The FCC Chairman, leading up to his pitch to Congress, said that he
has stuck as much as possible to a four-point strategy to make broadband
one of the engines of the U.S. economy. He said that first, it is his
FCC's goal to make broadband ubiquitous, with no area of the country
deprived of high-speed broadband goods and services
said, he wants to "unleash spectrum, so that mobile and broadband can
achieve its potential" without spectrum limitations.
Next, said Genachoswki, he wants to see more "broadband innovation
zones," areas where research and development is concentrated, speeding
the growth of related technologies. "If we don't build these, the world
will pass us by," said the FCC chief.
Finally, he said, the
United States must connect every citizen to broadband and make each
person "digitally literate" enough to use and benefit from high-speed
broadband technology. Genachowski lamented that one-third of Americans
have no broadband at home because of cost, or digital illiteracy, or a
simple unawareness of the uses of the technology.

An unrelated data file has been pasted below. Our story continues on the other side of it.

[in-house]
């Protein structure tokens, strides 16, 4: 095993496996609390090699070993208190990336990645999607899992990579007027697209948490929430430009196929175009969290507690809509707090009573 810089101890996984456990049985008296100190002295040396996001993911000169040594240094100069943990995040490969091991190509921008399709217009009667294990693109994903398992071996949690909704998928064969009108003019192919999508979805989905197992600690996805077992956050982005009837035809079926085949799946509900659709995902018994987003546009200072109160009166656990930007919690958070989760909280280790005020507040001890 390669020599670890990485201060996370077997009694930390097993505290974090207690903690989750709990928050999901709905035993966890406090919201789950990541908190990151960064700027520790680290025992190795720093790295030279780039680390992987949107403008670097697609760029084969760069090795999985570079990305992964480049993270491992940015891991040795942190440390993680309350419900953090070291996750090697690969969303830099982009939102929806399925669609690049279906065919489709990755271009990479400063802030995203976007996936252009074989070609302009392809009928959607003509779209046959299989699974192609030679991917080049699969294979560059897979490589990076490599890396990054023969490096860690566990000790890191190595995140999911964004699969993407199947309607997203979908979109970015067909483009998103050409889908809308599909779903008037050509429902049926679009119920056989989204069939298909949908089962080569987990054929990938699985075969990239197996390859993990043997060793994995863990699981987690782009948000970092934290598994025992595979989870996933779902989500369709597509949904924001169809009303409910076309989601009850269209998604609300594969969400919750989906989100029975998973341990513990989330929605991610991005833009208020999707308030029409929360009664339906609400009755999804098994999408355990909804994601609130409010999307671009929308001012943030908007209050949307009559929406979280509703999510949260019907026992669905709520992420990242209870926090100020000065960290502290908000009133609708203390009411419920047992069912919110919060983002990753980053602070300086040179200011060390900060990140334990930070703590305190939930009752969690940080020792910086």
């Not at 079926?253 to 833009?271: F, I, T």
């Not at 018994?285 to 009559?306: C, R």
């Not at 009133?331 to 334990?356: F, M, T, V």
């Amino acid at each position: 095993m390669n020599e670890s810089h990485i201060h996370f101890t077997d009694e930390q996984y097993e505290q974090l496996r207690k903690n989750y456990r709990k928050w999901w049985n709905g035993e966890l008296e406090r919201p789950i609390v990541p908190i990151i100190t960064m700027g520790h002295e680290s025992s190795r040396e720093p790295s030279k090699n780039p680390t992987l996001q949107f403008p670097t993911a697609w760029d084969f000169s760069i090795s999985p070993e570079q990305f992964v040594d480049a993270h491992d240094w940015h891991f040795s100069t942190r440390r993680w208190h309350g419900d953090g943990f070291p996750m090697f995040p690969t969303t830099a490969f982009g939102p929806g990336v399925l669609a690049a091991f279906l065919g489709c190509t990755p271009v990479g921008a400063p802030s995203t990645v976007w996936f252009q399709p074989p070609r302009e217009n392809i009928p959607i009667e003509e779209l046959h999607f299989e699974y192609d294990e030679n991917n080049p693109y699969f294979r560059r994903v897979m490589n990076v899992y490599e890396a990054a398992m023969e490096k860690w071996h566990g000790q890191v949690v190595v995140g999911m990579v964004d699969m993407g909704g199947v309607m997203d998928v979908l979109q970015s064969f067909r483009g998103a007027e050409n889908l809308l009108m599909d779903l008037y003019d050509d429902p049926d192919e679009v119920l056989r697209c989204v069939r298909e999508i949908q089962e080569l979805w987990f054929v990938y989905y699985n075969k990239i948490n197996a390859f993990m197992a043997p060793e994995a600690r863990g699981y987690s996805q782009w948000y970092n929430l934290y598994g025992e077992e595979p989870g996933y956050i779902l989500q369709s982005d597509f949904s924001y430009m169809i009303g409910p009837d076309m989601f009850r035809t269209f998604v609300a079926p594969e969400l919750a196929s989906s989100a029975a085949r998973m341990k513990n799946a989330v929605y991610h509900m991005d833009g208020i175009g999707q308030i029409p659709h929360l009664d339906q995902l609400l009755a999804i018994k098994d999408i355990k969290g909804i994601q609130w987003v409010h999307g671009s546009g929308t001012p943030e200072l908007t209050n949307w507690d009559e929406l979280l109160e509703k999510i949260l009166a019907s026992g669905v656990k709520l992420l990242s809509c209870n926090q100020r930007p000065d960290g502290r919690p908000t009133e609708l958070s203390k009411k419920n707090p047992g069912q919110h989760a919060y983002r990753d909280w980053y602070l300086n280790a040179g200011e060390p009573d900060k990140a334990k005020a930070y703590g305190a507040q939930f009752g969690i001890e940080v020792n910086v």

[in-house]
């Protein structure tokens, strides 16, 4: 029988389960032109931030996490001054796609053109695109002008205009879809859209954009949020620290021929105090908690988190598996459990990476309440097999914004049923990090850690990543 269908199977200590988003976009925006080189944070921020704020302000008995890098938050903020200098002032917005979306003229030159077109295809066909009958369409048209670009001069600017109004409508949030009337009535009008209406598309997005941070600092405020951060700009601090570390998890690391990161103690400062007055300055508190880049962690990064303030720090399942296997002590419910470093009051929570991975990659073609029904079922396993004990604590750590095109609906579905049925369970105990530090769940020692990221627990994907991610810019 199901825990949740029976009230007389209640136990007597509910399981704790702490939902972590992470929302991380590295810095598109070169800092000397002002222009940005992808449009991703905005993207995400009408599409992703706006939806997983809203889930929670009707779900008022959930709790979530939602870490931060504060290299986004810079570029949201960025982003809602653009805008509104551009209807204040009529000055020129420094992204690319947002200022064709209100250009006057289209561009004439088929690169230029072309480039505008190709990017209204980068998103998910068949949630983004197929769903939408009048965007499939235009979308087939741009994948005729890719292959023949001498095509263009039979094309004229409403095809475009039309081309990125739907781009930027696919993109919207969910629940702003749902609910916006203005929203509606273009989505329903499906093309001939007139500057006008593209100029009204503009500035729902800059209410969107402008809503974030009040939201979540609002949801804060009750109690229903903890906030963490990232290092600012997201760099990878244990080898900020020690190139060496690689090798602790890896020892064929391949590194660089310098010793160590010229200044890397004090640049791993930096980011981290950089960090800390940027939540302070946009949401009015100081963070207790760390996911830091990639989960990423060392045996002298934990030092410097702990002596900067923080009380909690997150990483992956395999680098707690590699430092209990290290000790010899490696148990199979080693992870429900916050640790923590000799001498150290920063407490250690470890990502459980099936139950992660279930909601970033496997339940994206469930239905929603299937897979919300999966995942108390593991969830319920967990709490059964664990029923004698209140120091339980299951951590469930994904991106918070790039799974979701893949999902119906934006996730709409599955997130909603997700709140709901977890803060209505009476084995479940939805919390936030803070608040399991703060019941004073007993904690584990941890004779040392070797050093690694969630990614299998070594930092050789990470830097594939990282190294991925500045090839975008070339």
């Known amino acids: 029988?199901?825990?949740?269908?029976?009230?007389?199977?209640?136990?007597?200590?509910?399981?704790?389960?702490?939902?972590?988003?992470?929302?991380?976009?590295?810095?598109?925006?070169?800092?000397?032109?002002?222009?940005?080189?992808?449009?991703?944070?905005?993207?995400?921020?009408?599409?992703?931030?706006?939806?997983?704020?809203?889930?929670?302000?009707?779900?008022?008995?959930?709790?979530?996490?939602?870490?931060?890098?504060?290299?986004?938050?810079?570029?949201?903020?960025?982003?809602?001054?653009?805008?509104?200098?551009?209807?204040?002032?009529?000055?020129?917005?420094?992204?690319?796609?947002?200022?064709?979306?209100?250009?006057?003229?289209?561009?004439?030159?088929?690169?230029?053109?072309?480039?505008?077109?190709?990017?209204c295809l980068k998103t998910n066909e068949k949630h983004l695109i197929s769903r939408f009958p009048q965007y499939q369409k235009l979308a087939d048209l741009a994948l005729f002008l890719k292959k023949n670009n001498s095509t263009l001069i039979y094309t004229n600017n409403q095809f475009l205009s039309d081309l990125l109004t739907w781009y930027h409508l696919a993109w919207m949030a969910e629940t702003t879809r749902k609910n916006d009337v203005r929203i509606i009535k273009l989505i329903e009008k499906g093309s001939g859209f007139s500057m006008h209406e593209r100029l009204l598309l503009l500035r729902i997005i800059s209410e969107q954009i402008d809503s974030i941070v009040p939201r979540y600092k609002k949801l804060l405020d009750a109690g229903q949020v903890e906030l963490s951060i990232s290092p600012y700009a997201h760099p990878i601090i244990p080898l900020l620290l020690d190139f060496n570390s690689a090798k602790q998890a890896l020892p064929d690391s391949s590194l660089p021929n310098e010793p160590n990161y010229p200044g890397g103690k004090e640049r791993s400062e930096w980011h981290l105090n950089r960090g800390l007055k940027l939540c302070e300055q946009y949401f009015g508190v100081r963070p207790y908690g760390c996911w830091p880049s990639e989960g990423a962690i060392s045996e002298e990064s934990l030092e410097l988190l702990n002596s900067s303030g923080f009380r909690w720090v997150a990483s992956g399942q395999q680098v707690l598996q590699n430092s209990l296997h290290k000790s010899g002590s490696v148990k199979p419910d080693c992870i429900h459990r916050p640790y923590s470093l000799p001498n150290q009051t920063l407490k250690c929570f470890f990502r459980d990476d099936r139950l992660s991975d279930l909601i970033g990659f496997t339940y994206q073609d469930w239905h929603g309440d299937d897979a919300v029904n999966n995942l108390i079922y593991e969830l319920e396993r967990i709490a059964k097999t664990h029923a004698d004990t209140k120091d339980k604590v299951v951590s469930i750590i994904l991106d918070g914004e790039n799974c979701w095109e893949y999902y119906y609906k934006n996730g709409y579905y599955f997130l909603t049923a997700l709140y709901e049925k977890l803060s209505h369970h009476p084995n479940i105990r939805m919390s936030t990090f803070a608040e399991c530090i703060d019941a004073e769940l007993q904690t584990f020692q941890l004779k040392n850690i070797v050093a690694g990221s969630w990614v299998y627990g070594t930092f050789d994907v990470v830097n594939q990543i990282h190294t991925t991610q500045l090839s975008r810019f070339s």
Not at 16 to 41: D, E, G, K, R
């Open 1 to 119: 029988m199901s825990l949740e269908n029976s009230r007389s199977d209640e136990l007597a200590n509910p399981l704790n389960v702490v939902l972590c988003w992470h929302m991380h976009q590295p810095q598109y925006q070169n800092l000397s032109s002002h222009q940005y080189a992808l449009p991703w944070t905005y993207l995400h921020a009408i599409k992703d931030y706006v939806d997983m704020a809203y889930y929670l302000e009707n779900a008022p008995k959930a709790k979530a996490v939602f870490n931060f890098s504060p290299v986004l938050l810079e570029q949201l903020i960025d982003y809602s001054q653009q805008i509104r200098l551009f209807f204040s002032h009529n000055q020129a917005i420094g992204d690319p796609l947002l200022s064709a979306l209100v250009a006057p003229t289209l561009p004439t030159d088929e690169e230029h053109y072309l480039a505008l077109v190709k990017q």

Americans are connected to broadband and capable of using it, "this
increases the value of broadband by 50 percent," said Genachowski.
their annual conversation, Consumer Electronics Association Chairman
Shapiro challenged Genachowski on one point. He noted that the FCC's
charter, to manage the vast realm of communications in the United
States, is "ambiguous," thus causing "uncertainty" among businesspeople
whose activities fall under the FCC's oversight.
Shapiro wondered if Congress ought to re-charter the FCC under a "simple formula that gives much more predictability."
Genachowski said that "expert agencies" like the FCC were given
"flexible" -- not ambiguous -- charters, in order to deal with
unpredictable developments in fast-changing industries such as consumer
electronics. "If we back into a system where, every time we have a new
technology, we need a new law from Congress," said Genachowski, echoing
the public's current deep mistrust of Washington lawmakers, "we'' just
choke off innovation."
Noting that, under the policies of his
FCC, investment in affected industries is up, innovation is up, jobs are
up and U.S, leadership is up, Genachowski said, "There will be no
slowing down on the strategy and the broadband initiatives we are